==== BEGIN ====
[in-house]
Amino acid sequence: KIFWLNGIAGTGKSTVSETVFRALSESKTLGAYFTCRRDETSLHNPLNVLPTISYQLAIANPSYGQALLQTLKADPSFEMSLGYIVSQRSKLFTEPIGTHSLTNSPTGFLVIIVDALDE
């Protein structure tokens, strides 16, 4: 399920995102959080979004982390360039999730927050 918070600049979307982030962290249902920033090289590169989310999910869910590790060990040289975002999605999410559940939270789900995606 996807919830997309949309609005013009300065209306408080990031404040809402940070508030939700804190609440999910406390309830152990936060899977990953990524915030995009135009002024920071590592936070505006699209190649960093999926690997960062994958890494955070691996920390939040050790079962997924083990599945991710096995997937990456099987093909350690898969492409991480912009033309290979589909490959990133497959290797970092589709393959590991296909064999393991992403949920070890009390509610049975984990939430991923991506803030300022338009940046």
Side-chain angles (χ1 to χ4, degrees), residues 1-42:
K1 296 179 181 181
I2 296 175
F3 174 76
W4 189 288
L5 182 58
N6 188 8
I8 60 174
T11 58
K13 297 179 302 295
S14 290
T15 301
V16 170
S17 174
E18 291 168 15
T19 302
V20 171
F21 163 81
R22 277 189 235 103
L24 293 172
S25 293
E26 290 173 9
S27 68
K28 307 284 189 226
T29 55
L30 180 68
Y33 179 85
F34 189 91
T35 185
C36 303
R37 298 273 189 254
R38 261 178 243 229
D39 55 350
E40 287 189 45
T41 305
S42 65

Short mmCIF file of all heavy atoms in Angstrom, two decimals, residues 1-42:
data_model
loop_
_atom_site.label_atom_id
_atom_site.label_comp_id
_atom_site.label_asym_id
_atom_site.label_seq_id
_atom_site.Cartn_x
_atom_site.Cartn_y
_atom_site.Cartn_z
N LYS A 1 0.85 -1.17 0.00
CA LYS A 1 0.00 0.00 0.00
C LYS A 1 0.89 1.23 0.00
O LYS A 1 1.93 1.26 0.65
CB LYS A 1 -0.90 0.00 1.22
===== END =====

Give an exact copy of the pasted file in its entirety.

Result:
[in-house]
Amino acid sequence: KIFWLNGIAGTGKSTVSETVFRALSESKTLGAYFTCRRDETSLHNPLNVLPTISYQLAIANPSYGQALLQTLKADPSFEMSLGYIVSQRSKLFTEPIGTHSLTNSPTGFLVIIVDALDE
């Protein structure tokens, strides 16, 4: 399920995102959080979004982390360039999730927050 918070600049979307982030962290249902920033090289590169989310999910869910590790060990040289975002999605999410559940939270789900995606 996807919830997309949309609005013009300065209306408080990031404040809402940070508030939700804190609440999910406390309830152990936060899977990953990524915030995009135009002024920071590592936070505006699209190649960093999926690997960062994958890494955070691996920390939040050790079962997924083990599945991710096995997937990456099987093909350690898969492409991480912009033309290979589909490959990133497959290797970092589709393959590991296909064999393991992403949920070890009390509610049975984990939430991923991506803030300022338009940046």
Side-chain angles (χ1 to χ4, degrees), residues 1-42:
K1 296 179 181 181
I2 296 175
F3 174 76
W4 189 288
L5 182 58
N6 188 8
I8 60 174
T11 58
K13 297 179 302 295
S14 290
T15 301
V16 170
S17 174
E18 291 168 15
T19 302
V20 171
F21 163 81
R22 277 189 235 103
L24 293 172
S25 293
E26 290 173 9
S27 68
K28 307 284 189 226
T29 55
L30 180 68
Y33 179 85
F34 189 91
T35 185
C36 303
R37 298 273 189 254
R38 261 178 243 229
D39 55 350
E40 287 189 45
T41 305
S42 65

Short mmCIF file of all heavy atoms in Angstrom, two decimals, residues 1-42:
data_model
loop_
_atom_site.label_atom_id
_atom_site.label_comp_id
_atom_site.label_asym_id
_atom_site.label_seq_id
_atom_site.Cartn_x
_atom_site.Cartn_y
_atom_site.Cartn_z
N LYS A 1 0.85 -1.17 0.00
CA LYS A 1 0.00 0.00 0.00
C LYS A 1 0.89 1.23 0.00
O LYS A 1 1.93 1.26 0.65
CB LYS A 1 -0.90 0.00 1.22